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Payday lenders and the law

As of January 2007, American consumer debt is more than a trillion dollars. More than half of all cardholders don’t pay off their cards each month and carry an average balance of approximately $2000.* 19 Jan. 2007. Faced with this kind of debt, many South Carolinians might begin a series of bad choices thinking this will help them financially. One decision you might want to rethink is getting a loan from a title or payday lender.

Payday lenders are companies that advance money to you for a fee—usually 15 percent—when you write them a personal check. In return, they will promise not to cash your check for up to 31 days. Even though South Carolina has passed legislation that regulates much of the activity of payday lenders, many consumers aren’t discovering the financial dangers of entering into payday loans until it is too late.

* Hoffman, Lee; Adriano, Joneil; Horning, Jessica.“Digging out of Debt

The following are some frequently asked questions and answers about payday lenders.

Who are payday lenders?
Payday lenders advance money to you for a fee when you write them a personal check, and then they promise not to deposit your check for up to 31 days. If you need $100 in cash, the check you write to them will be for more than $100.

Say I do need $100. Can they ask me to write a check for $150?
No. The law in South Carolina says that payday lenders can only charge you up to $15 per hundred dollars. So, if you need $100, you shouldn’t have to write a check for more than $115. If you need $200, then the biggest check they can ask from you is $230. This can mean the interest rate on a payday loan could be more than 600 percent APR (annual percentage rate) on a two-week advance.

How much money can a payday lender give me?
Up to $300. It’s illegal for them to give you more than that. And remember, to get $300 from them, the highest amount they can ask from you is $345. When the lender makes the loan, he must tell you in writing how much he is charging for the loan and the APR (annual percentage rate), or interest rate on the loan. If you are not given this written contract, the lender has broken the law.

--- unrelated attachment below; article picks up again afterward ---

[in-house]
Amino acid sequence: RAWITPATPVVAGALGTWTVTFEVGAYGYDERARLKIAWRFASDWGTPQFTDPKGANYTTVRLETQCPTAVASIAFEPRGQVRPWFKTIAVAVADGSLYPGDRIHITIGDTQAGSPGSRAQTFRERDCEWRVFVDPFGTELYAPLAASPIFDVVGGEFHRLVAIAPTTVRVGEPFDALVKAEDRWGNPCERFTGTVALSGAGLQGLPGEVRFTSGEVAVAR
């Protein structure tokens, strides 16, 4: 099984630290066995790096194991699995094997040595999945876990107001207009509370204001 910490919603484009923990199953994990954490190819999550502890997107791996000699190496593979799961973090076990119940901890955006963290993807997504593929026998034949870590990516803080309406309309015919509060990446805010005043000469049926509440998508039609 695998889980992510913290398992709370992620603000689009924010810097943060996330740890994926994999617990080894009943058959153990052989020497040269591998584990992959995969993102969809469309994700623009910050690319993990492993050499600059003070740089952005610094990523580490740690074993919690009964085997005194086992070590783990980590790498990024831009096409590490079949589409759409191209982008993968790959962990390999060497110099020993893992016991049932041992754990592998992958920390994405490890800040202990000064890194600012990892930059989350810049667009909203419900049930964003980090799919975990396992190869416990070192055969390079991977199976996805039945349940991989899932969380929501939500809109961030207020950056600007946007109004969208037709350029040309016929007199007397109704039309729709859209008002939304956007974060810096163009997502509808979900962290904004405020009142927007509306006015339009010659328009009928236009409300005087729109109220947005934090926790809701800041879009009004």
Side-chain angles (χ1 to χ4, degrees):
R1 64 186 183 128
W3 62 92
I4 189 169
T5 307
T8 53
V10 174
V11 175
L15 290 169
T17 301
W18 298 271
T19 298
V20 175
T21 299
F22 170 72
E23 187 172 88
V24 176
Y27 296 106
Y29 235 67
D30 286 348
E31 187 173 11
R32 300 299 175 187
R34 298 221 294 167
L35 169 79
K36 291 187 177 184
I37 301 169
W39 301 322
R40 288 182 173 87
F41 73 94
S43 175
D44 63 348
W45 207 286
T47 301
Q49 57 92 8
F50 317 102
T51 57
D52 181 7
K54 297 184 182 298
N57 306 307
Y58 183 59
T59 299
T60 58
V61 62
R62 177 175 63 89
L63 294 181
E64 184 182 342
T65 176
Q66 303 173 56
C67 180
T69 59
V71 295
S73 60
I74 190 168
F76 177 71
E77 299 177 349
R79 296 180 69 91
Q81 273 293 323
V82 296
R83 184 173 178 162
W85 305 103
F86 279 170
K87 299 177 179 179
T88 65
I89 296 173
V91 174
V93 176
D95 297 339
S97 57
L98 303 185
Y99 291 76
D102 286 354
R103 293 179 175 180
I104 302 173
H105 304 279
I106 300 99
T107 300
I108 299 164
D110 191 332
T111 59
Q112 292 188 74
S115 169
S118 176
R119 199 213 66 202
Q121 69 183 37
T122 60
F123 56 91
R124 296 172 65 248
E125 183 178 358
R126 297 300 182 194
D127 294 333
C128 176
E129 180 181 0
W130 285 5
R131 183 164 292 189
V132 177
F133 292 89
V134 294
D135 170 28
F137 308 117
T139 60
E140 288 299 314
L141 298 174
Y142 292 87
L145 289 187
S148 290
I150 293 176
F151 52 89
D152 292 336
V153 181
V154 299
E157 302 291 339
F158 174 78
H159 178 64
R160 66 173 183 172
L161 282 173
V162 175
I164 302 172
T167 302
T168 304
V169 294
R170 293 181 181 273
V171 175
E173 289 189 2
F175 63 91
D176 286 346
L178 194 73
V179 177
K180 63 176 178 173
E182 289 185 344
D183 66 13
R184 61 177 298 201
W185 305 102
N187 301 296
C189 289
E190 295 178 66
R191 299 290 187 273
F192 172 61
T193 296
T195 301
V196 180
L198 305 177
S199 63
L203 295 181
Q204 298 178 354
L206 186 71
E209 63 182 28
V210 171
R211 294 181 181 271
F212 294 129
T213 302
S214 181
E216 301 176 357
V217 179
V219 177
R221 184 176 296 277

Can the payday lender have me arrested if my check doesn’t clear?
No, and they can't even say that they’re going to do that. If your check doesn’t clear, then your bank will charge you for “bouncing” a check, and the payday lender can take you to civil court to collect the money you owe for the check. Of course, if a payday lender deposits the check, it could cause other checks you have written to bounce. You are then responsible for any of those bad checks.

Are there other rules about what payday lenders can and can’t do?
A payday lender must give you a written contract disclosing all of the terms and charges made. The law says that payday lenders can’t sell other things to you. There are a few exceptions to this rule, such as money orders, postage stamps and vending machine items. Payday lenders can also provide fax services, provide money wire services or rent a postage box to you. They may also accept your utility bill payments—without charging a fee.

Can payday lenders do regular check-cashing services too?
Yes, and most of them do. With regular check-cashing, the business does not “hold” the check before cashing it, but cashes it immediately for a fee. They may cash your own personal check or a check made out to you by a third party.

How much can they charge me to just cash a check right then?